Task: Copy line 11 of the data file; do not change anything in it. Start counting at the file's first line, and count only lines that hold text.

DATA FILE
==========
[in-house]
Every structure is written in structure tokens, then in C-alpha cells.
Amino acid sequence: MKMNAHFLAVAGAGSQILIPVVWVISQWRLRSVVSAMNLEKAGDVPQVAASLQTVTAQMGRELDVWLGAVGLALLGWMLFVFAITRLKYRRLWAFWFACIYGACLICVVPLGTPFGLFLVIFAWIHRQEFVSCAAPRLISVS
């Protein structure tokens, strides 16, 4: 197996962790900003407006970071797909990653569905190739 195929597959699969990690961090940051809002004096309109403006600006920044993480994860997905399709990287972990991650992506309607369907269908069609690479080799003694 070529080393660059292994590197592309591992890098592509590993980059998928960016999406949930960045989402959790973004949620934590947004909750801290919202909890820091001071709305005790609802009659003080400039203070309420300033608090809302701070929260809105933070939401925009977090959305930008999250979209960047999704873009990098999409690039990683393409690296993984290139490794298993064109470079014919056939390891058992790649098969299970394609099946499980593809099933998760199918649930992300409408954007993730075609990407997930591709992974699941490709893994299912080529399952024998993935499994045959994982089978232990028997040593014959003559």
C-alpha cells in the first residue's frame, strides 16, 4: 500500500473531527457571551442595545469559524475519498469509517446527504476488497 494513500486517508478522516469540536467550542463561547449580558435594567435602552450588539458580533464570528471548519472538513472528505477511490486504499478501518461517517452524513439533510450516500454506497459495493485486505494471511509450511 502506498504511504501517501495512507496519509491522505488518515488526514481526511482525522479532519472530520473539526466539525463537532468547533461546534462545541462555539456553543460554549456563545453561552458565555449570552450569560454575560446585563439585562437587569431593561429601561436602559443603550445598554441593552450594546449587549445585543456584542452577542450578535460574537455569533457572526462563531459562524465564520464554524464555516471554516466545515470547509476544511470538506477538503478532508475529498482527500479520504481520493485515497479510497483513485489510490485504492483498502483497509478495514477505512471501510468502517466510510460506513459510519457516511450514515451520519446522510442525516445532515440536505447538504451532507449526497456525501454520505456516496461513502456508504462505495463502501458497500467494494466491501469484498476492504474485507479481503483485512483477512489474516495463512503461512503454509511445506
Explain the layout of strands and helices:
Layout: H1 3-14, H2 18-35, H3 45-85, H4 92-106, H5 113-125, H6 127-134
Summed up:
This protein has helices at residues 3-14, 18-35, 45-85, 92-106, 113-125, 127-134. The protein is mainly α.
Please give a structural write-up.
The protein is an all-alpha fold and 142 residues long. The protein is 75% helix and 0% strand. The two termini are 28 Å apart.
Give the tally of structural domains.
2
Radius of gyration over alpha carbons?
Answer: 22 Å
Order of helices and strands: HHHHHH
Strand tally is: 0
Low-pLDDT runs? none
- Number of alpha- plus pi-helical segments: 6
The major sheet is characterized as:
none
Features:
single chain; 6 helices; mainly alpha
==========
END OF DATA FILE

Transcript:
The protein is an all-alpha fold and 142 residues long. The protein is 75% helix and 0% strand. The two termini are 28 Å apart.